Michael Altschul, senior vice president and general counsel at CTIA, the Wireless Association, testified that, "technology has now overtaken our static assumptions. The move towards open platforms like iPhone and Google Android, adoption of smartphones with their own GPS capabilities and usage of GPS devices have combined to make a carrier-based approach to location-based services no longer sufficient for current guidelines."

A tension between protecting consumers and preserving innovation in this sector was clear. Rep. Ed Whitfield (R-Ky.) cited the utility of global positioning systems for navigation or the use of geolocation data by emergency services to find people in distress. "The rapid progression of technology is both awe inspiring and bewildering," said Rep. Kathy Castor (D-Fla.). "We need to protect consumer privacy. The law has not kept pace with this increased need."

Bridging the "regulatory gap"

With respect to that lag, Rep. Cliff Stearns (D-Fla.) pointed out that a key provision of the Communications Act of 1934 states that wireless carriers are generally prohibited from using location-based information. Application providers are not so governed. Given the explosion of mobile applications that use geolocation data, this has created a lack of regulatory oversight. That "regulatory gap" is particularly acute because of the growth of technologies that can locate a consumer without the use of a telecommunication carrier's technology.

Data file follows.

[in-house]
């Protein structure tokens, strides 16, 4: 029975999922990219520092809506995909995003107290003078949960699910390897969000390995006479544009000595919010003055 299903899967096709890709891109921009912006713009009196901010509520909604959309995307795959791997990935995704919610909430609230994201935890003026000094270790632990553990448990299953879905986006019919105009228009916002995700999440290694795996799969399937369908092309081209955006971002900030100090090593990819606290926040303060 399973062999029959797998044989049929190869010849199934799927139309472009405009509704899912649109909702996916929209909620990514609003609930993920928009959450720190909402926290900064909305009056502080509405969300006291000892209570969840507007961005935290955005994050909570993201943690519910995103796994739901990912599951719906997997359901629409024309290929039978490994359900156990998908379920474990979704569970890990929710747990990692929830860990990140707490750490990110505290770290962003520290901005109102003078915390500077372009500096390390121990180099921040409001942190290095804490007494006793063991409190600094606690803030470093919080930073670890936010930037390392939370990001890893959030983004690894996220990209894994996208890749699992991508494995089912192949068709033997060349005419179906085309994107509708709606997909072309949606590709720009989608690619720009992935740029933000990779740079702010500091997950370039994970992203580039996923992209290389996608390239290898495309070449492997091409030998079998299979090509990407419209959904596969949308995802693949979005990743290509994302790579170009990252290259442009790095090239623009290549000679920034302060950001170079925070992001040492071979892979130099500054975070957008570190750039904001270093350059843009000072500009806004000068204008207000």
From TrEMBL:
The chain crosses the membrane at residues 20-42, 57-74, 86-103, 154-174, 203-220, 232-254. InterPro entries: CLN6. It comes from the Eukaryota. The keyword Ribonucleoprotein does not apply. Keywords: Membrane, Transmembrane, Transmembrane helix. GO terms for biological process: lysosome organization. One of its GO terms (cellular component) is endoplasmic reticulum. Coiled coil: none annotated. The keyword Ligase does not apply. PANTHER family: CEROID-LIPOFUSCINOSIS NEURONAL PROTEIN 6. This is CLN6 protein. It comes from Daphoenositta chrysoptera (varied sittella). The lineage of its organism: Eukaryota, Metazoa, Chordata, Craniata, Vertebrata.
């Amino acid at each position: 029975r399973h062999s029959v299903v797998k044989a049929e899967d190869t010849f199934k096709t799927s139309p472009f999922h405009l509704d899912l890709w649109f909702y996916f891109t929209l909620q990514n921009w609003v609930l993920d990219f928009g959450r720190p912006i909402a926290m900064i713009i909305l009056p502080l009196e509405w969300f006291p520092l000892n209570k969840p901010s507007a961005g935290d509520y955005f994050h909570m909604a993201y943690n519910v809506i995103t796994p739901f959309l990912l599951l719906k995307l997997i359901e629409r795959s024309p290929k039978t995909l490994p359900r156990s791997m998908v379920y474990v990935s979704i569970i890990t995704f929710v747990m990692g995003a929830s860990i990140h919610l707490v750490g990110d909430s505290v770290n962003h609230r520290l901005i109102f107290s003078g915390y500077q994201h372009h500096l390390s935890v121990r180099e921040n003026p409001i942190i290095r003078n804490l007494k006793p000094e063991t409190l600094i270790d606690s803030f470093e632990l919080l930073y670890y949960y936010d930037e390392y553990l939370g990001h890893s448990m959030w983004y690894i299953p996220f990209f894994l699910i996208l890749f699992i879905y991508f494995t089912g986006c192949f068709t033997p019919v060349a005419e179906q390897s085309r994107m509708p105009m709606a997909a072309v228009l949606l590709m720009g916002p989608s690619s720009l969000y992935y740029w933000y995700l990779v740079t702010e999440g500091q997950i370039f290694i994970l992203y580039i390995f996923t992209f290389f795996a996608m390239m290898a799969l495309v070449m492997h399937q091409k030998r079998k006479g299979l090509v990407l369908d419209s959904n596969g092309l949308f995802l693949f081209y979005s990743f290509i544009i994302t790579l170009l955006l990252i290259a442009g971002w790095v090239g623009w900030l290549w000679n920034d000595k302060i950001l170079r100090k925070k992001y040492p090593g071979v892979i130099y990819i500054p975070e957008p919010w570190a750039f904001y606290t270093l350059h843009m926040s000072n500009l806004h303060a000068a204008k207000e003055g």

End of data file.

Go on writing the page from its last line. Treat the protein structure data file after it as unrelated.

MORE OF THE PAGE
"Increasingly, location-based services do not touch a wireless carrier," testified Altschul, "regardless of whether an application runs with the carrier's knowledge or not." For instance, John Morris, general counsel for the Center for Democracy & Technology and director of its Internet Standards, Technology and Policy Project, said that geolocation data can be collected through Wi-Fi networks by Skyhook Wireless without the carrier or consumer's knowledge and consent.